The American Heart Association has always been interested in the science community exploring all aspects of basic, clinical and population science which can assist the AHA in reaching its 2020 Goals and overall mission of building healthier lives free of cardiovascular disease and stroke. The AHA has conducted extensive discussions among all AHA stakeholders to determine what the key attributes and guiding principles should be as AHA strengthens and enhances its commitment to CV and neurosciences research as it drives toward its Mission.
|Current Initiatives||Recently Funded Initiatives||Past Initiatives|
|Strategically Focused Research Network||Henrietta B. and Frederick H. Bugher Foundation||John Holden DeHaan Foundation|
Starting in 2014-2015, the American Heart Association will begin funding two Strategically Focused Research Networks (SFRN) each year with launches occurring approximately every six months. Each Network will be comprised of three to four institutions working on three projects each that will be focused on one area strategic to AHA's Mission. In 2013, the SFRN topic was Prevention. Read more information about upcoming SFRN initiatives.
Recently Funded Initiatives
In 2011, the Henrietta B. and Frederick H. Bugher Foundation committed $9.24 million to create a new network of three centers for excellence in stroke collaborative research for a period of four years. This new initiative will support the collaboration of basic, clinical and population researchers from different specialties, whose collective efforts will lead to new approaches to prevent and treat stroke. Efforts will expand upon previous Bugher initiatives by inviting research on recovery after a stroke, including the areas of repair, regeneration, neuroplasticity and rehabilitation. The new Centers will activate on April 1, 2014. Read more about the Bugher Foundation.
In 2009, with support from the Jon Holden DeHaan Foundation, investigators began efforts to understand the fundamental mechanisms underlying development and specification of cardiac myocytes. The insights gained from these studies will benefit patients with cardiac injury. Since their inception, the AHA/Jon Holden DeHaan Cardiac Myogenesis Research Centers have hosted multiple conferences, scientific retreats and collaborations with members of the science community to move the field closer to a clinical trial. The Centers are scheduled to complete their projects in March 2013 and have reported more than $40 million dollars in new research funding leveraged from their individual AHA/DeHaan grants. Read more about the John Holden DeHaan Foundation.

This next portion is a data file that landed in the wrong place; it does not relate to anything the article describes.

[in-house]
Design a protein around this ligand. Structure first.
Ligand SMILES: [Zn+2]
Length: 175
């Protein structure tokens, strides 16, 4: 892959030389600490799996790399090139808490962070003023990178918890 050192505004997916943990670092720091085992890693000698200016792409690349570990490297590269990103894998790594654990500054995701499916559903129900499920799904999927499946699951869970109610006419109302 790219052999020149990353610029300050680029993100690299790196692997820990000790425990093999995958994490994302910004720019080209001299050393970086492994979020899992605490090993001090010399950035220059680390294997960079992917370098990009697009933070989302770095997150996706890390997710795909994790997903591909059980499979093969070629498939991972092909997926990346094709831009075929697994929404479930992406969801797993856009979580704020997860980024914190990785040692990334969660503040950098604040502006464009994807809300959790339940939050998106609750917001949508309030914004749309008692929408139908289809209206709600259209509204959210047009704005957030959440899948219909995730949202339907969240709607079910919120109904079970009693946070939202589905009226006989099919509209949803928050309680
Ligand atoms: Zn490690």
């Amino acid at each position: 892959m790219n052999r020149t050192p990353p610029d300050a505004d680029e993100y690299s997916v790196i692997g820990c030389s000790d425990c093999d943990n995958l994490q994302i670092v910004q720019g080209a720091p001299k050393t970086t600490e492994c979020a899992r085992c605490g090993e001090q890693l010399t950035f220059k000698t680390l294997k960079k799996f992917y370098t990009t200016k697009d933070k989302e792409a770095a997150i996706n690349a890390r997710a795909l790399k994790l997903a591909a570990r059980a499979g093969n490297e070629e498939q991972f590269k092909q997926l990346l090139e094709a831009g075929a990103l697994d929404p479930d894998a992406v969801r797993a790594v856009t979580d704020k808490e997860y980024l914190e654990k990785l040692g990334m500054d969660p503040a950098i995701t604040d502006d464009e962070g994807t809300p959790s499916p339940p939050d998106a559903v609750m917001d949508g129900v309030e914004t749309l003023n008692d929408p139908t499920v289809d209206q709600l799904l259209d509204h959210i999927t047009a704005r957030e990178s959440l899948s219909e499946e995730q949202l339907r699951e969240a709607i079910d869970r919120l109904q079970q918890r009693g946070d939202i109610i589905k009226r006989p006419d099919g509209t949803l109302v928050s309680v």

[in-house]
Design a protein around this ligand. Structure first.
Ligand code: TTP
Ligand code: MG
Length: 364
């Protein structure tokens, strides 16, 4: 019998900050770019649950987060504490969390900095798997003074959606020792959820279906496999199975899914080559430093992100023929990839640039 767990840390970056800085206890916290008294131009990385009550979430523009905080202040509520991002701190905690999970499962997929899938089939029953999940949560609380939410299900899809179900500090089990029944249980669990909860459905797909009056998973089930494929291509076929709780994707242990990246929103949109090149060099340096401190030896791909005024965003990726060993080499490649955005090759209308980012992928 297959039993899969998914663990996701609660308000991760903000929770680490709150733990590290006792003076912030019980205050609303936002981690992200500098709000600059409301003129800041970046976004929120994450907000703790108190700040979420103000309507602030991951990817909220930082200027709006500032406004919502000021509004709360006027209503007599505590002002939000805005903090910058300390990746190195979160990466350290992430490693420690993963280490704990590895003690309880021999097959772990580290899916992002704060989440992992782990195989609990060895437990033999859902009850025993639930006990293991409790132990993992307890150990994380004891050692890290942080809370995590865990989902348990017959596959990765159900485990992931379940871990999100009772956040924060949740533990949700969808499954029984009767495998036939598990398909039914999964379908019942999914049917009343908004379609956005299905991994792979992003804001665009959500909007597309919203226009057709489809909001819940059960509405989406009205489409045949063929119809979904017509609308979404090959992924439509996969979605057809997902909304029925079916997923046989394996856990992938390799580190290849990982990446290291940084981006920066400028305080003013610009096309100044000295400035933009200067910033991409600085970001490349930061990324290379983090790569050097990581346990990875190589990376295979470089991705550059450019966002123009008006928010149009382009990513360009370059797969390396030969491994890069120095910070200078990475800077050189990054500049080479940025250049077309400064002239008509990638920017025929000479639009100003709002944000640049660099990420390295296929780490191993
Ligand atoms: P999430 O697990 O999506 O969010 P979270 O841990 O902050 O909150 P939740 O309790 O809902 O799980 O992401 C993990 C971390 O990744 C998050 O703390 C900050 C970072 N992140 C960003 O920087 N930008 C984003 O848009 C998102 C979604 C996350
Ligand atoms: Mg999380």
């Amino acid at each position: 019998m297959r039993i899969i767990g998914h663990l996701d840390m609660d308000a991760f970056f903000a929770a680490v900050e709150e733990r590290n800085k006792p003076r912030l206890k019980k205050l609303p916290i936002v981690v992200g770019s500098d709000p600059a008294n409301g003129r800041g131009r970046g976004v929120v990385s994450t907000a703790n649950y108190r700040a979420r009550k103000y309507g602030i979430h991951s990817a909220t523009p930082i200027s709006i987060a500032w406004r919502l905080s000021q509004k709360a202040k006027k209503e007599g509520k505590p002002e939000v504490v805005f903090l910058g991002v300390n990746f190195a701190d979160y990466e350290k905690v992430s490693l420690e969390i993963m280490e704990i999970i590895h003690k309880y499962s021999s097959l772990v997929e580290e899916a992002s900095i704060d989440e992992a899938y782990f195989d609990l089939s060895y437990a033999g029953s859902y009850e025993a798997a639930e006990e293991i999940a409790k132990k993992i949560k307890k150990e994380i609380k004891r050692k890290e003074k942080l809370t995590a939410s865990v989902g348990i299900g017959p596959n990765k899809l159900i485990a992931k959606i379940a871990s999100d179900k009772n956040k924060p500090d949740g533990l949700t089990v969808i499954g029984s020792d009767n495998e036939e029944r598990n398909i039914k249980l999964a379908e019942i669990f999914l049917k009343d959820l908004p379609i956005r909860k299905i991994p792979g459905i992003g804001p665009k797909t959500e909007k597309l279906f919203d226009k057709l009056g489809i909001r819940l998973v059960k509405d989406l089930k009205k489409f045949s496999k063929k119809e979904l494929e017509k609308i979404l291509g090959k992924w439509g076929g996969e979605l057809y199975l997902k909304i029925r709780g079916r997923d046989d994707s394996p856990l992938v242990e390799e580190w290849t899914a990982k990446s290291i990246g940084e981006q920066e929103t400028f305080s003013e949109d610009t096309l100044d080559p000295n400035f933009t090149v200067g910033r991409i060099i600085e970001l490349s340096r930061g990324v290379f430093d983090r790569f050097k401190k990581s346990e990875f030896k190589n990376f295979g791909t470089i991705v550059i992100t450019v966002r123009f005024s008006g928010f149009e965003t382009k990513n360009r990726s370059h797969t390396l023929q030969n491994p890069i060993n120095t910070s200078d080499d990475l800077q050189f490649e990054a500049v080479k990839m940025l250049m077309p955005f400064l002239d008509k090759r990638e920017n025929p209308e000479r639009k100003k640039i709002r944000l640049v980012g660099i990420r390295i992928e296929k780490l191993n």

In 2008, with a $14.5 million contribution from the American Heart Association Pharmaceutical Roundtable and a generous gift from American Heart Association board member David Spina and his wife, Stevie, the AHA funded four centers for cardiovascular and stroke outcomes research. These centers have made strides to determine what interventions, environments, patient factors and other issues most influence improvements in healthcare outcomes for heart disease and stroke patients. Over the past four years, the AHA/PRT-Spina Outcomes Research Centers have trained more than 20 postdoctoral fellows in outcomes research, 15 of whom have moved into faculty positions as a result of their time with the PRT Centers. More than 300 publications have resulted from the outstanding work of participants in the network. Read more about the Pharmaceutical Roundtable.
The AHA continues to establish research funding partnerships with organizations that share a common interest in developing targeted fields related to cardiovascular disease and stroke. In FY 11-12, these partnerships funded training and early career awards in some of the following areas:
- Resuscitation (Philips Medical Systems)
- Myocarditis (Myocarditis Foundation)
- Gerontological Nursing (Gerontological Society of America
- National Hartford Centers of Gerontological Nursing Excellence)
- Neurology (American Brain Foundation)
- Pulmonary Hypertension(Pulmonary Hypertension Association)